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  THE group of islands off the northwest shores of the

  European Sub-Continent of Asia, which today constitute

  the nations of the UK and Eire, stems from the fact that

  Cornwall, as the centre of tin-mining for that group of

  islands, was the epicentre of the development of the

  Bronze Age, because [IT] was only one of less than

  10 places on earth where tin has ever been mined. 

  Mining existed in Cornwall from the days of stone age

  man and dates back to between 1000 and 2000 B.C.

  when Cornwall is thought to have been visited by metal

  traders from the eastern Mediterranean. They named

  Britain, the 'Cassiterides' - 'Tin Islands'; and [IT] was of

  course the Romans who named Britain, Britannia for the

  self same reason that the Latin name means 'land of tin'.


  Cornwall and the 
far west of Devon provided the majority

  of the United Kingdom's tin, copper and arsenic. Originally

  the tin was found as alluvial deposits in the gravels of

  stream beds, but eventually underground working took

  place. Tin lodes outcropped on the cliffs and underground

  mines sprung up as early as the 16th century. [IT] was

  however, in the 19th century that mining reached its

  zenith, before foreign competition depressed the price of

  copper and later tin, to a level that made Cornish ore

  unprofitable. At its height, the Cornish Tin Mining Industry

  had around 600 steam engines working to pump out the

  mines. Adventurers put up the capital, and the mine would

  hopefully return them a profit. During the 20th century

  various ores became briefly profitable, and mines were

  reopened, but today none remain. The collapse of the

  world tin cartel in 1986 being the last nail in the coffin

  of tin mining.


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Comment by Michael Grove on June 30, 2022 at 12:14
[IN] no way different a way than the very fact that precious metals have been mined in Cornwall for the last 4000 years, there [IS] no doubt that lithium has always been here ready to {BE] mined. So why the lust for lithium [NOW] though? What does this metal have that makes it so crucial in battery production?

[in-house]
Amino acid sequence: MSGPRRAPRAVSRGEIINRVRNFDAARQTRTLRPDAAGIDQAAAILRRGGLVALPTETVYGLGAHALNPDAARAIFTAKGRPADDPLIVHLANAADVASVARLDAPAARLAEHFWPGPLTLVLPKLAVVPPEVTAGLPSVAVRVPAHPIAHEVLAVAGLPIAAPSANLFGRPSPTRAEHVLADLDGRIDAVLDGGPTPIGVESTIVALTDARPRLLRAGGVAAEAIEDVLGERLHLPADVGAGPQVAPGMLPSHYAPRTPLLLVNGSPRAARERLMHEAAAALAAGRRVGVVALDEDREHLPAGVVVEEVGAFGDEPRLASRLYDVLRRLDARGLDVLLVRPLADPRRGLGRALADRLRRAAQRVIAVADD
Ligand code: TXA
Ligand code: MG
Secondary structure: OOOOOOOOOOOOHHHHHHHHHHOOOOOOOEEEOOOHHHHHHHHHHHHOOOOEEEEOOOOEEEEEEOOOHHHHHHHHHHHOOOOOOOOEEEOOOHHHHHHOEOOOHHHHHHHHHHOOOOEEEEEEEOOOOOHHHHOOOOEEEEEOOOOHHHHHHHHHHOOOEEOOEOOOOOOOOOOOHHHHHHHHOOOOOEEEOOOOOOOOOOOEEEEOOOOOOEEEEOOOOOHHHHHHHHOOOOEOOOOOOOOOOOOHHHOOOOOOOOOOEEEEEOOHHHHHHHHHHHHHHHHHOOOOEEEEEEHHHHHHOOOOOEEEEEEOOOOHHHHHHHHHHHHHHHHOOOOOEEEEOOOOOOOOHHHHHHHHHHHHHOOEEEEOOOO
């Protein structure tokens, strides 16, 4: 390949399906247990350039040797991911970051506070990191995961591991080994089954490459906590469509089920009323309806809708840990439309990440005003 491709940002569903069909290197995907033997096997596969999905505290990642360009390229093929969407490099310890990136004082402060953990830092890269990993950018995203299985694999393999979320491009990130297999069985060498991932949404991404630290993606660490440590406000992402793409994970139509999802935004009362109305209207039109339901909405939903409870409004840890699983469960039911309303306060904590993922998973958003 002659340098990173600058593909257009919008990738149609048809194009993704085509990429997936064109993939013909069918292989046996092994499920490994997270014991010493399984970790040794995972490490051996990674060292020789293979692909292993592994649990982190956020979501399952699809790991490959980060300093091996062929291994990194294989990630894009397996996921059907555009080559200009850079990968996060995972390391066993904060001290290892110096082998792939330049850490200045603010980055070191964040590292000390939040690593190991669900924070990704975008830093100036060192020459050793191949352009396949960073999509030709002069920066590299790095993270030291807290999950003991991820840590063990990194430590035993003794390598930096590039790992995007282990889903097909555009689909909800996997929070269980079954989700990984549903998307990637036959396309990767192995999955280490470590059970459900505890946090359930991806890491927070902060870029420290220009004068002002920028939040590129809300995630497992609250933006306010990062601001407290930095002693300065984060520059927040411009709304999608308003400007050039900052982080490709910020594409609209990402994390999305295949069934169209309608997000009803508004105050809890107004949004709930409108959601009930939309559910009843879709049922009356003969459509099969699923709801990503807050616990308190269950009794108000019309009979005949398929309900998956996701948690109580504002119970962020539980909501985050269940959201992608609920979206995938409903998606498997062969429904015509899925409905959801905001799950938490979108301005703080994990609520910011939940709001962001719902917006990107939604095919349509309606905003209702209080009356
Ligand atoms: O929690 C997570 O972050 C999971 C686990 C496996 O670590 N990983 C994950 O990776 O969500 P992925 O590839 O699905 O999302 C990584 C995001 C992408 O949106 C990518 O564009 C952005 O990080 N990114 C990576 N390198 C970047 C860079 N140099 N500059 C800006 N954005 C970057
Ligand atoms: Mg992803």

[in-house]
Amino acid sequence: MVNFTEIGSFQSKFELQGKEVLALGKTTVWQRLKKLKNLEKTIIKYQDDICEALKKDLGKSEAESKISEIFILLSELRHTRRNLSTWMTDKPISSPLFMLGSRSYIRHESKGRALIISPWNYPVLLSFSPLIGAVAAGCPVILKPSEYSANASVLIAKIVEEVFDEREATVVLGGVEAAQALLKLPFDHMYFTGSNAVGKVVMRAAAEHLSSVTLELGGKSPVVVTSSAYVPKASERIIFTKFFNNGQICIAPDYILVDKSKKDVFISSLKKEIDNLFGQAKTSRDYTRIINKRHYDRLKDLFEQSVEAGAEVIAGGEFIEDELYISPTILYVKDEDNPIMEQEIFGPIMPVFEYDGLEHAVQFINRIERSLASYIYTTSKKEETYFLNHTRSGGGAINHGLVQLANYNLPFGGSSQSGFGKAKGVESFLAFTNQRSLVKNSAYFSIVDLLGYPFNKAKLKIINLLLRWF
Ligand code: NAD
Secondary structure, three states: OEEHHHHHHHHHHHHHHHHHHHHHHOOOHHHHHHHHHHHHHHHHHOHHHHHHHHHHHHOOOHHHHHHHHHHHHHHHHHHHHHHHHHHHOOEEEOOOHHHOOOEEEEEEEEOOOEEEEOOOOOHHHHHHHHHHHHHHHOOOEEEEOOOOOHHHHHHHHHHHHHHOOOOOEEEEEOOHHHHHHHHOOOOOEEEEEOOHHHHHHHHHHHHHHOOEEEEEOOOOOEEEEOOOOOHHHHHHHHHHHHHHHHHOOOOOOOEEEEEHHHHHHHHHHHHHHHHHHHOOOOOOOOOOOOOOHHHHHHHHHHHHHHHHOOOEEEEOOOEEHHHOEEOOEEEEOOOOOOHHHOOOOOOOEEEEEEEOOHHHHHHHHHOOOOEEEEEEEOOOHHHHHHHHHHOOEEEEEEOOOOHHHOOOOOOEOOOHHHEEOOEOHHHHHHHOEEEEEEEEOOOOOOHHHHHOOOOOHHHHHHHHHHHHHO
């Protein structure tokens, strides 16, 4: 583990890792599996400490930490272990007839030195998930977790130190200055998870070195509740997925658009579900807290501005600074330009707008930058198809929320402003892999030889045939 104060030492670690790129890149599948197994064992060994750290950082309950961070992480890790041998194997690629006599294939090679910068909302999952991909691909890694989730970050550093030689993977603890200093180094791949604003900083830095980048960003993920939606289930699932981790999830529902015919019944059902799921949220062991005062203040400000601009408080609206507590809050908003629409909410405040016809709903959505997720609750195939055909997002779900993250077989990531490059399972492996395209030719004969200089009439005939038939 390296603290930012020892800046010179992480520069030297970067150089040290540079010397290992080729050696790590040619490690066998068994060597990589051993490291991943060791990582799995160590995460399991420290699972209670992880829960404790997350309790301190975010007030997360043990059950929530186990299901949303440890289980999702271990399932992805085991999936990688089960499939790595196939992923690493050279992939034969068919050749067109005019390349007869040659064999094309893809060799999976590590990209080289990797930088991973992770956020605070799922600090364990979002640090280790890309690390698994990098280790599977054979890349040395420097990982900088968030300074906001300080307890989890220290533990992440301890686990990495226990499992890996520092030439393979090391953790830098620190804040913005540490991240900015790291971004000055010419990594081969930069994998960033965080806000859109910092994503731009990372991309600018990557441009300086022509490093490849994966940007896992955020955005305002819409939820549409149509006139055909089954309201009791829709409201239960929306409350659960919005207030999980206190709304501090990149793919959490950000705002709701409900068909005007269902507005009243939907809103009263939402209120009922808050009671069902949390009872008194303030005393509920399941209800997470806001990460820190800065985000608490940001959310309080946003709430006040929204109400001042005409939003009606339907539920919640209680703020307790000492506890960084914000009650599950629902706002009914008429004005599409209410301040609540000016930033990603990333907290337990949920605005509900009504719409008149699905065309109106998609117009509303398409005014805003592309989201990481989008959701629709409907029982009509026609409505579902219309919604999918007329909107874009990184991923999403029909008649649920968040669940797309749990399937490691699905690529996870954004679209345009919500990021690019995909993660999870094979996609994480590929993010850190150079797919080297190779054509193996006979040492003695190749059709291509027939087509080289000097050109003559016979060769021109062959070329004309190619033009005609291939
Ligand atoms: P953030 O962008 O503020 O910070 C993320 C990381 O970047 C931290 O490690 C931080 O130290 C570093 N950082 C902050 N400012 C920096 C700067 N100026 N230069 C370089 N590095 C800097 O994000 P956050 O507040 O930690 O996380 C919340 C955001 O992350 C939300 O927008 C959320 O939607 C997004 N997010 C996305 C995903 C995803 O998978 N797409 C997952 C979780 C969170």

Lucy Crane is senior geologist at Cornish Lithium.
“It is the lightest weight metal, and it has a really high charge density,” she tells National Geographic UK. “In cars, laptops and mobile phones, you need batteries to be lightweight and portable. So lithium-based batteries are key. At the moment, all the battery mega-factories around the world are geared to lithium.”

According to battery researchers The Faraday Institution, UK demand for lithium carbonate will exceed 70,000 tons by 2035. Together, Cornish Lithium and British Lithium could, in theory, supply the lot.
Comment by Michael Grove on December 20, 2022 at 9:36

Increasing awareness of the need to secure metals that facilitate the transition to renewable energy has seen the introduction this year of the US Government’s Inflation Reduction Act, the European Commission’s launch of a Critical Raw Material Act and publication of the UK Government’s first-ever UK Critical Minerals Strategy.

Cornish Lithium’s projects across Cornwall are expected to support part of the UK’s forecast requirement for 80,000 tonnes of Lithium Carbonate Equivalent (LCE) by 2030, to support the UK’s transition to electric vehicle manufacturing. 

Comment by Michael Grove on October 10, 2023 at 9:59
Another Quarter of Significant Progress for Cornish Lithium with Landmark Funding Secured

Cornish Lithium, the pioneering mineral exploration and development company, has announced another successful quarter with significant operational progress, combined with securing a landmark £53.6m funding package from the UKIB, EMG and TechMet. This funding was closely followed by a hugely successful crowdfunding campaign which raised an additional £5.1m, from both new and existing shareholders.

Work has continued apace towards the commercialisation of Cornish Lithium’s lithium in geothermal waters projects and significant progress has also been made at its Trelavour Hard Rock Project, both in Cornwall, UK.

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